[K12OSN] K12LTSP Chrooted Environment Misunderstanding

murrah boswell otrcomm at isp-systems.net
Thu Jul 2 15:44:47 UTC 2009

Hello Peter,

> What Todd wrote is correct.  In K12LTSP, access to the chroot 
> environment on the client is via Ctrl-Alt-F1, but must first be enabled 
> in the lst.conf file via the 'SCREEN02 = shell' parameter.  In the 
> lts.conf file there is a parameter listed for enabling support for local 
> apps, but it doesn't really work.  It was put there at the time more as 
> a place holder for the future.  The reason LTSP 4.2, on which K12LTSP 
> was based, doesn't have a full chrooted environment is that the idea 
> hadn't yet come to full fruition at the time.  If you need local apps, 
> use K12Linux/LTSP5.

Thanks for your reply! By "K12Linux/LTSP5" do you mean the Fedora 10 version with LTSP5 or do you mean the Centos5/RHEL5 with LTSP5? 
Either way, how would I force the terminal clients to use an application that is in the chrooted environment?

I am trying to get voice communication between the server and the TCs, and am currently experimenting with Sjphone for its 
simplicity. The problem is that when I start Sjphone from one of the TCs, it is actually running on the server so I can not 
establish communication. That is, if I dial one of the TC IPs from the server, I am just looping back on myself. I am not sure, but 
I figure if Sjphone is running from the TC chrooted environment, I should be able to connect to that instantiation via IP from the 


> Peter
> Todd O'Bryan wrote:
>> The system in the chroot environment is very basic--it's just enough
>> stuff to get the terminal up and running. Once the terminal is running
>> a basic OS, it connects to the server and acts as a remote X session.
>> When you log in on the terminal, you're logging onto the server, not
>> the chroot environment that's running on the terminal. The idea is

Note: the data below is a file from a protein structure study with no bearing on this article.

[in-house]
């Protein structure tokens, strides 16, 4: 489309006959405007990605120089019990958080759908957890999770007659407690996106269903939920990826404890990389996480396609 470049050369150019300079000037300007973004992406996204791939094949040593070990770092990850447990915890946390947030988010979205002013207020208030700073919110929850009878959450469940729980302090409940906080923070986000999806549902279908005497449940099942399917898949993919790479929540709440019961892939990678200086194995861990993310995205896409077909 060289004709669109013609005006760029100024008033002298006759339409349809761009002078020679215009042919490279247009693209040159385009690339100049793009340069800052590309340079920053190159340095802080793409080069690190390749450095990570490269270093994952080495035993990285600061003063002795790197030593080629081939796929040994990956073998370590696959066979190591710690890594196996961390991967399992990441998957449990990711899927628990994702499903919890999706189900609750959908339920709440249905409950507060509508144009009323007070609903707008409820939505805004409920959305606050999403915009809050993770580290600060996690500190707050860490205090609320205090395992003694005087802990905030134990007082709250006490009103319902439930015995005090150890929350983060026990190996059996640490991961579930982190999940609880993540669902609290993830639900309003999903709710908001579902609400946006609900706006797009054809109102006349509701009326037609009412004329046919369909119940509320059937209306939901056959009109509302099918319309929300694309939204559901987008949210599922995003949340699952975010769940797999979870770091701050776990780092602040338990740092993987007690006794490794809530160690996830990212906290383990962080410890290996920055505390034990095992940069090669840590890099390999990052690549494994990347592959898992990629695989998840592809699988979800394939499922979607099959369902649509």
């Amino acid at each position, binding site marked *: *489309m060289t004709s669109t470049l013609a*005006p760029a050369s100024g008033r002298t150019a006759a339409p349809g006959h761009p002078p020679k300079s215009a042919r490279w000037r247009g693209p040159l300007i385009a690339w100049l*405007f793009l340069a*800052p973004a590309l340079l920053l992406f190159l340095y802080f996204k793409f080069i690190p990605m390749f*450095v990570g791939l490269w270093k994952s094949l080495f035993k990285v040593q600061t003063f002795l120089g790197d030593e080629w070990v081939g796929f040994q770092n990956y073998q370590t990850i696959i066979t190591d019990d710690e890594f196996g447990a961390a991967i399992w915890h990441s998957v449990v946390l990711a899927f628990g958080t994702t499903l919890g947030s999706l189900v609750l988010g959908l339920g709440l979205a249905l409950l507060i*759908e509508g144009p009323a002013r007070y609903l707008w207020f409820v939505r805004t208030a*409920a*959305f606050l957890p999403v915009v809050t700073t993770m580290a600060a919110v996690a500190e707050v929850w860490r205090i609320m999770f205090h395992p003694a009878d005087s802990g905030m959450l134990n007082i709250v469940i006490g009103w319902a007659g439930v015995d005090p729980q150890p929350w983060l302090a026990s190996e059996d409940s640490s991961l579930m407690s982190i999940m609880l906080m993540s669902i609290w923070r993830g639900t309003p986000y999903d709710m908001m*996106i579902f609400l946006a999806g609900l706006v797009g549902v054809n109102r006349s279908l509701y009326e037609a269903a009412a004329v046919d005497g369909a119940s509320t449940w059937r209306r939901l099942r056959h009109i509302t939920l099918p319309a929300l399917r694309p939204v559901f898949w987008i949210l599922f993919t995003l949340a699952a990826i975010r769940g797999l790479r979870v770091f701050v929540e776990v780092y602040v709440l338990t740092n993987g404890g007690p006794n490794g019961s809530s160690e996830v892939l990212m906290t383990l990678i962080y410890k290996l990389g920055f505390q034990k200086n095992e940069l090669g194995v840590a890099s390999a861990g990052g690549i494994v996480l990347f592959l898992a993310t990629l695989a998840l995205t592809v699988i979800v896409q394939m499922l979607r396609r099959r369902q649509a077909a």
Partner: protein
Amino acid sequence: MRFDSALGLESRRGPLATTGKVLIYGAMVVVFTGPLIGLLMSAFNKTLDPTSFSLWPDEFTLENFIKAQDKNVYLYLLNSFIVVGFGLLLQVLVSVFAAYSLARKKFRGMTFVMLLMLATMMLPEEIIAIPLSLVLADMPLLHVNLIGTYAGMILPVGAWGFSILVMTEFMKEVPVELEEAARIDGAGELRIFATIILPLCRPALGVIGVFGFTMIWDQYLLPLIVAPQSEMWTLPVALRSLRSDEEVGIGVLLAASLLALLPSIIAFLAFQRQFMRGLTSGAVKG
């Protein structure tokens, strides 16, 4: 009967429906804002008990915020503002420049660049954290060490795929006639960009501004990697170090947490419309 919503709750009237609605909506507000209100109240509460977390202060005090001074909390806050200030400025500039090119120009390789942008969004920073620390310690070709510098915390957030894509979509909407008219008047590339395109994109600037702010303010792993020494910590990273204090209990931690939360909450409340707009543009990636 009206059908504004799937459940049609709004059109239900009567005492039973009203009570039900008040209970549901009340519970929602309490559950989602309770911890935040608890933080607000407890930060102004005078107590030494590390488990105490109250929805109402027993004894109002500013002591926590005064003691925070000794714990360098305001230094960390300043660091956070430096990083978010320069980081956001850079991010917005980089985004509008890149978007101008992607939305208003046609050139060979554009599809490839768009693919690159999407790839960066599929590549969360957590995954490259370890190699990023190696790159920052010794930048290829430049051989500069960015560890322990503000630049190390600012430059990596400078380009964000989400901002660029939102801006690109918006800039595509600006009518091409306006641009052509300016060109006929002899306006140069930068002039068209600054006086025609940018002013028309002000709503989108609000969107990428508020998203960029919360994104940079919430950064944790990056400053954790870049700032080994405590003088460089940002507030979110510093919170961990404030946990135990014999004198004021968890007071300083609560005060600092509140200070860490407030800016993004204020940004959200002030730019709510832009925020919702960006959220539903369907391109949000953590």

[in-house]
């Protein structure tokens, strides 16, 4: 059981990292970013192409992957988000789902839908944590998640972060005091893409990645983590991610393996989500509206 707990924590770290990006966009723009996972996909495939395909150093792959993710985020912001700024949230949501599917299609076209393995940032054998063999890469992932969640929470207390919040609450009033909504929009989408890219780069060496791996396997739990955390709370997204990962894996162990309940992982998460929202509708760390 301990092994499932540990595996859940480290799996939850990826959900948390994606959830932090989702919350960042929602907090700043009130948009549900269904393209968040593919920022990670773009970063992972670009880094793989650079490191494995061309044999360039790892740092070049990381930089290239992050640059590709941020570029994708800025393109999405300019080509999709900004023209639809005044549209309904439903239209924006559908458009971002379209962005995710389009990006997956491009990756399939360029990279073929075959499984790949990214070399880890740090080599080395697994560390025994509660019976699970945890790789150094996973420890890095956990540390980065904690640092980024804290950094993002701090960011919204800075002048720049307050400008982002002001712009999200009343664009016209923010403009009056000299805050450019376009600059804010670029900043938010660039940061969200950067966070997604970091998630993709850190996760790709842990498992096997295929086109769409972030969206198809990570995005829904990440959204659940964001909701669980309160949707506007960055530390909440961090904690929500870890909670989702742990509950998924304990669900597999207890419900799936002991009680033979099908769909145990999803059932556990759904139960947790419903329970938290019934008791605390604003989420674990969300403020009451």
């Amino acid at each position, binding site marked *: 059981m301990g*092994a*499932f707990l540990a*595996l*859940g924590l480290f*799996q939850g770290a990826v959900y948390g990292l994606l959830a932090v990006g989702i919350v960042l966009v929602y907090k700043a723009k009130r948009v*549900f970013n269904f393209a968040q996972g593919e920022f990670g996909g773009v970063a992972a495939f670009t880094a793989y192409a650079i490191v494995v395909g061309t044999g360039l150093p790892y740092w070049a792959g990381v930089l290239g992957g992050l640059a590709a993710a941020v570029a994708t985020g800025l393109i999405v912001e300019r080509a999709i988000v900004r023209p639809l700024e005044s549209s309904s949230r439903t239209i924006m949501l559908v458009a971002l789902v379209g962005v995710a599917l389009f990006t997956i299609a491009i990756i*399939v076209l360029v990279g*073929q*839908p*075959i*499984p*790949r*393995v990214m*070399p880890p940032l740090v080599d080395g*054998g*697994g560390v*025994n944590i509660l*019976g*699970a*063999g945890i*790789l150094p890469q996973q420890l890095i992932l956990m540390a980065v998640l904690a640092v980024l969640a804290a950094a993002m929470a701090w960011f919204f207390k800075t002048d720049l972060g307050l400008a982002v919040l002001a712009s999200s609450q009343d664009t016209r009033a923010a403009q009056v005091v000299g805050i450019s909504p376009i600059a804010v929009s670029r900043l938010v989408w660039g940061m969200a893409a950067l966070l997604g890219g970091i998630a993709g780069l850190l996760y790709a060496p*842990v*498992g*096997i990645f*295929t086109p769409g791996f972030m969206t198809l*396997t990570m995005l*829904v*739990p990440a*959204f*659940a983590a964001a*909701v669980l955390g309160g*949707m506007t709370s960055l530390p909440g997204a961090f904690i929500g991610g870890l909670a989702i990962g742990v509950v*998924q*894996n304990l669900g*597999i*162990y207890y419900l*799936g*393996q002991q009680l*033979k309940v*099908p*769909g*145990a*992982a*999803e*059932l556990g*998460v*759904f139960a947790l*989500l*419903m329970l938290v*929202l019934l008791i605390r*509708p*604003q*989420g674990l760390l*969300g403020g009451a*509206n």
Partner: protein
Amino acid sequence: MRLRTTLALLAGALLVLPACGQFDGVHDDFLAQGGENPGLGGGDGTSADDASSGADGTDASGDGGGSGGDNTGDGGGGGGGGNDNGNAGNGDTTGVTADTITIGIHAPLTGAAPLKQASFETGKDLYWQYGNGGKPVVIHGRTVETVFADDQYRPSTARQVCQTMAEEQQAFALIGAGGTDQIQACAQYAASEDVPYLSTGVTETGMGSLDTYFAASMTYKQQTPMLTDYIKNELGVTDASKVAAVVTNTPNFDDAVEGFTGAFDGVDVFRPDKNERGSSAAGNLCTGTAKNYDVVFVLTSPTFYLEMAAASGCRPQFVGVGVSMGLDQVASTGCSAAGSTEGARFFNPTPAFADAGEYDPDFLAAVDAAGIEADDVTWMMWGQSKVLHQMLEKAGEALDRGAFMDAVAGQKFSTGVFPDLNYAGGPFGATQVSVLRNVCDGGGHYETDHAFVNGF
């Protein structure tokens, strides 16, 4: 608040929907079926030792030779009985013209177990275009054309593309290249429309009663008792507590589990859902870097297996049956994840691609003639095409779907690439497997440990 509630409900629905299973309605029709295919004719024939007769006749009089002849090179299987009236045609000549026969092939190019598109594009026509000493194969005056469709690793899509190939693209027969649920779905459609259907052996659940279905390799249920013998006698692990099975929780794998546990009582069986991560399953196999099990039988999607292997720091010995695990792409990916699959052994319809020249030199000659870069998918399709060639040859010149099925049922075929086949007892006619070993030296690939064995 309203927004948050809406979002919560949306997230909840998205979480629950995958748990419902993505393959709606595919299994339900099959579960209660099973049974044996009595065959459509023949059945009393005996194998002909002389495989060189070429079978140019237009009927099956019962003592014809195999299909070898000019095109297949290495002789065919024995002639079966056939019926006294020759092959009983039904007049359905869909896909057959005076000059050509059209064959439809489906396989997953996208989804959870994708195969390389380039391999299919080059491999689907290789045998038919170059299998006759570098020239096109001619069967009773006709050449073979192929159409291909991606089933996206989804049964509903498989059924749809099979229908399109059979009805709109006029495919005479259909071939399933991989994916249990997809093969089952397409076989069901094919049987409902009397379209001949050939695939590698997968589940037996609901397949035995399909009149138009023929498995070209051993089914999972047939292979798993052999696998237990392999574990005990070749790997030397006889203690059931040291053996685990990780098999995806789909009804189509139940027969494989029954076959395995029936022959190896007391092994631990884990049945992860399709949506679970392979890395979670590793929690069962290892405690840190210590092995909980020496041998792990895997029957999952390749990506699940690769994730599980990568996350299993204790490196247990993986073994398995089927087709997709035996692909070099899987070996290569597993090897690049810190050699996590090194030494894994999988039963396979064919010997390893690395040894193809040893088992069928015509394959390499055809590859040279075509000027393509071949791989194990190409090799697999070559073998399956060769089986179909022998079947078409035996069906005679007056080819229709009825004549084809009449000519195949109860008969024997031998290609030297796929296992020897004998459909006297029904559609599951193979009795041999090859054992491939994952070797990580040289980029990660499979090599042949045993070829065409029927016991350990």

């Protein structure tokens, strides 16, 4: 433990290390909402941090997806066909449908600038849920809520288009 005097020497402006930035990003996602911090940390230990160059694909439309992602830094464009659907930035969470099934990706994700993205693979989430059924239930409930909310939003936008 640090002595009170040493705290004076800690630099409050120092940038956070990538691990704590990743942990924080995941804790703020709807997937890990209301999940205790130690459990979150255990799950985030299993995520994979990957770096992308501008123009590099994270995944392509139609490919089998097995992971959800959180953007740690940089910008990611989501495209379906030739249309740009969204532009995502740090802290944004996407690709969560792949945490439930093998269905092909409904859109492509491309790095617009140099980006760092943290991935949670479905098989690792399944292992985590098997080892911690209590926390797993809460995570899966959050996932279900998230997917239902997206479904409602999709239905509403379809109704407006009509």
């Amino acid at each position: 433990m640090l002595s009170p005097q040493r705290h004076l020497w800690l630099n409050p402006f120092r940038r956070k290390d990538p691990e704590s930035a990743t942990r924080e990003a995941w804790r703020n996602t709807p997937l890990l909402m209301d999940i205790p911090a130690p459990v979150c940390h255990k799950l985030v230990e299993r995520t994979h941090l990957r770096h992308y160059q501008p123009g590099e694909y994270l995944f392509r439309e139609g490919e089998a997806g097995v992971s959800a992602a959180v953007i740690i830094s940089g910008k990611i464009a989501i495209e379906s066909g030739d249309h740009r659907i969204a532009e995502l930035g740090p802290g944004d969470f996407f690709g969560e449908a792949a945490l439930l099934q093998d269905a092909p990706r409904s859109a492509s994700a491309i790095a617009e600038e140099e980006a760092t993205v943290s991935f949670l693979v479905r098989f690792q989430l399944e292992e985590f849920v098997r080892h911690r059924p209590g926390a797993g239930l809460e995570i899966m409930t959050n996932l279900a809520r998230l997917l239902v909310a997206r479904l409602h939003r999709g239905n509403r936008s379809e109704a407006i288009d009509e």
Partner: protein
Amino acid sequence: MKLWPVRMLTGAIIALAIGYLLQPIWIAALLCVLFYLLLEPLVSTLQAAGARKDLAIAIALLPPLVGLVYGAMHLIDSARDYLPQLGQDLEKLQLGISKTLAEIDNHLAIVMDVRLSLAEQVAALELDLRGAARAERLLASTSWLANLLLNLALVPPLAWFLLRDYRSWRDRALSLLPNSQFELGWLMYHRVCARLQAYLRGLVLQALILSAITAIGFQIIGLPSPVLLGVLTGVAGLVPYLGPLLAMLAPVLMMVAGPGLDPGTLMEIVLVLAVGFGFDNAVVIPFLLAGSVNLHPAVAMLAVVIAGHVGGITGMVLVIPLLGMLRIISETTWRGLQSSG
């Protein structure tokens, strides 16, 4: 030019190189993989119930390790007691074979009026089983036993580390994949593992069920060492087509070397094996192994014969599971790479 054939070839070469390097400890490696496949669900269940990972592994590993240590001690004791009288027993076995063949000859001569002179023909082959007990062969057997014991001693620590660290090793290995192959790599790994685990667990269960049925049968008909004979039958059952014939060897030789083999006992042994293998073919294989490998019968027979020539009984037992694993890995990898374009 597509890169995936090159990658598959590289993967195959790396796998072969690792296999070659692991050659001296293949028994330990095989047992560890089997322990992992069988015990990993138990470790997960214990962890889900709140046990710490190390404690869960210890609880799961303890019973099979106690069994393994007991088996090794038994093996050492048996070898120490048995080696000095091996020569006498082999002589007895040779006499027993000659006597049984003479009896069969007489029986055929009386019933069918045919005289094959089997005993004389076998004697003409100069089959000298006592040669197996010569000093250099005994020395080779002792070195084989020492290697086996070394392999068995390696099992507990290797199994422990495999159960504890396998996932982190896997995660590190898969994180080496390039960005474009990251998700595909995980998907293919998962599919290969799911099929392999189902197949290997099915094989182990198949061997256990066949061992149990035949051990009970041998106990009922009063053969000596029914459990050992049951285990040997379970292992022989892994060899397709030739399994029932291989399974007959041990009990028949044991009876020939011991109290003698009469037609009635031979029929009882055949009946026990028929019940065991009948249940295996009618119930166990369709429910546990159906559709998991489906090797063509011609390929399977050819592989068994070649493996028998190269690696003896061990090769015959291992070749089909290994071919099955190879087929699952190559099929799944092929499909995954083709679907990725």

>> that a terminal that can only run basic stuff gets the full power of a
>> much nicer server, because everything really runs on the server. The
>> terminal is just a way of viewing the server processes.
>> There is a way to get to the chroot environment that's running on the
>> terminal--if I remember correctly, Ctrl-Alt-F1 will display a console
>> that really is running on the terminal. But you'd only use that to
>> debug problems, not as a normal operating mode.
>> Todd
>> On Mon, Jun 29, 2009 at 9:40 PM, murrah 
>> boswell<otrcomm at isp-systems.net> wrote:
>>> Hello All,
>>> I know everyone is busy and excited about Fedora 11 K12Linux, but I am
>>> attached to the K12LTSP system and have a couple of questions. I know 
>>> these
>>> are questions out of antiquity for some people who have been with 
>>> K12LTSP
>>> from the beginning, but please humor me here.
>>> I must have a misunderstanding about the /opt/ltsp/i386 chrooted 
>>> environment
>>> apparently. From a client terminal, when I right click on the desktop 
>>> and
>>> select to Create Launcher, Browse for Command and select File System, 
>>> why is
>>> it that the client terminal has full visibility of the server file 
>>> system
>>> and not just the chrooted environment? Same is true of a Terminal 
>>> window; I
>>> have total visibility of the server file system.
>>> Is there a reason why the K12LTSP isn't truly a chrooted environment?
>>> Along the same questioning, how do I install an application, such as
>>> linphone, in the chrooted environment and force the client to use 
>>> "local"
>>> instantiation of linphone and not allow them to even see the server 
>>> based
>>> instantiation of linphone?
>>> Regards,
>>> Murrah Boswell
>>> _______________________________________________
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